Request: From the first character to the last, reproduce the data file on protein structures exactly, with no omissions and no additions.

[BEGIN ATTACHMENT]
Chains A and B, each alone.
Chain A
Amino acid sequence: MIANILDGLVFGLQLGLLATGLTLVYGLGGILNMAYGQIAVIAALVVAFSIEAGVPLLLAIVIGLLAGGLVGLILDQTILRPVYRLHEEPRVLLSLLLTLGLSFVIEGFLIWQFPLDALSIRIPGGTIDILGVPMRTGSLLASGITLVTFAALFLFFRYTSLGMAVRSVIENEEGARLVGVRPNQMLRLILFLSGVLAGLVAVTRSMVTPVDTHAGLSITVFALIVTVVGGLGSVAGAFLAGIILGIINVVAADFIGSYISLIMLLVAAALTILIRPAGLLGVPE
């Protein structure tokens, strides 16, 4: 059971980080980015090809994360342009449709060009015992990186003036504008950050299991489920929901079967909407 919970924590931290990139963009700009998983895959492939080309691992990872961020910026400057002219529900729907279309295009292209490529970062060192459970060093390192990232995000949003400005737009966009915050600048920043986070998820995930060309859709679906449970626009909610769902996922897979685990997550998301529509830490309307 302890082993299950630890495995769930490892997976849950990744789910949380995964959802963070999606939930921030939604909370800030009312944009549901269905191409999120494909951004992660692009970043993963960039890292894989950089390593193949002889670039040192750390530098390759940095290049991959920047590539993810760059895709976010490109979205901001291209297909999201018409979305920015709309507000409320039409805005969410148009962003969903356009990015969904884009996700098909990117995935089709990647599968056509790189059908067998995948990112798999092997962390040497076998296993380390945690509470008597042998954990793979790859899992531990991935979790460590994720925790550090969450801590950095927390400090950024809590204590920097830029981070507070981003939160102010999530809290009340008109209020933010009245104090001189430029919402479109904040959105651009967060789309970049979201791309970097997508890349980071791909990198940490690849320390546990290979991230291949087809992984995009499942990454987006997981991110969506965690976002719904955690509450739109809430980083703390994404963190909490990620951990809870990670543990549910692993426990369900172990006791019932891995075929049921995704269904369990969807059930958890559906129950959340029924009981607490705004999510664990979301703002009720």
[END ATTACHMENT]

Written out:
Chains A and B, each alone.
Chain A
Amino acid sequence: MIANILDGLVFGLQLGLLATGLTLVYGLGGILNMAYGQIAVIAALVVAFSIEAGVPLLLAIVIGLLAGGLVGLILDQTILRPVYRLHEEPRVLLSLLLTLGLSFVIEGFLIWQFPLDALSIRIPGGTIDILGVPMRTGSLLASGITLVTFAALFLFFRYTSLGMAVRSVIENEEGARLVGVRPNQMLRLILFLSGVLAGLVAVTRSMVTPVDTHAGLSITVFALIVTVVGGLGSVAGAFLAGIILGIINVVAADFIGSYISLIMLLVAAALTILIRPAGLLGVPE
């Protein structure tokens, strides 16, 4: 059971980080980015090809994360342009449709060009015992990186003036504008950050299991489920929901079967909407 919970924590931290990139963009700009998983895959492939080309691992990872961020910026400057002219529900729907279309295009292209490529970062060192459970060093390192990232995000949003400005737009966009915050600048920043986070998820995930060309859709679906449970626009909610769902996922897979685990997550998301529509830490309307 302890082993299950630890495995769930490892997976849950990744789910949380995964959802963070999606939930921030939604909370800030009312944009549901269905191409999120494909951004992660692009970043993963960039890292894989950089390593193949002889670039040192750390530098390759940095290049991959920047590539993810760059895709976010490109979205901001291209297909999201018409979305920015709309507000409320039409805005969410148009962003969903356009990015969904884009996700098909990117995935089709990647599968056509790189059908067998995948990112798999092997962390040497076998296993380390945690509470008597042998954990793979790859899992531990991935979790460590994720925790550090969450801590950095927390400090950024809590204590920097830029981070507070981003939160102010999530809290009340008109209020933010009245104090001189430029919402479109904040959105651009967060789309970049979201791309970097997508890349980071791909990198940490690849320390546990290979991230291949087809992984995009499942990454987006997981991110969506965690976002719904955690509450739109809430980083703390994404963190909490990620951990809870990670543990549910692993426990369900172990006791019932891995075929049921995704269904369990969807059930958890559906129950959340029924009981607490705004999510664990979301703002009720």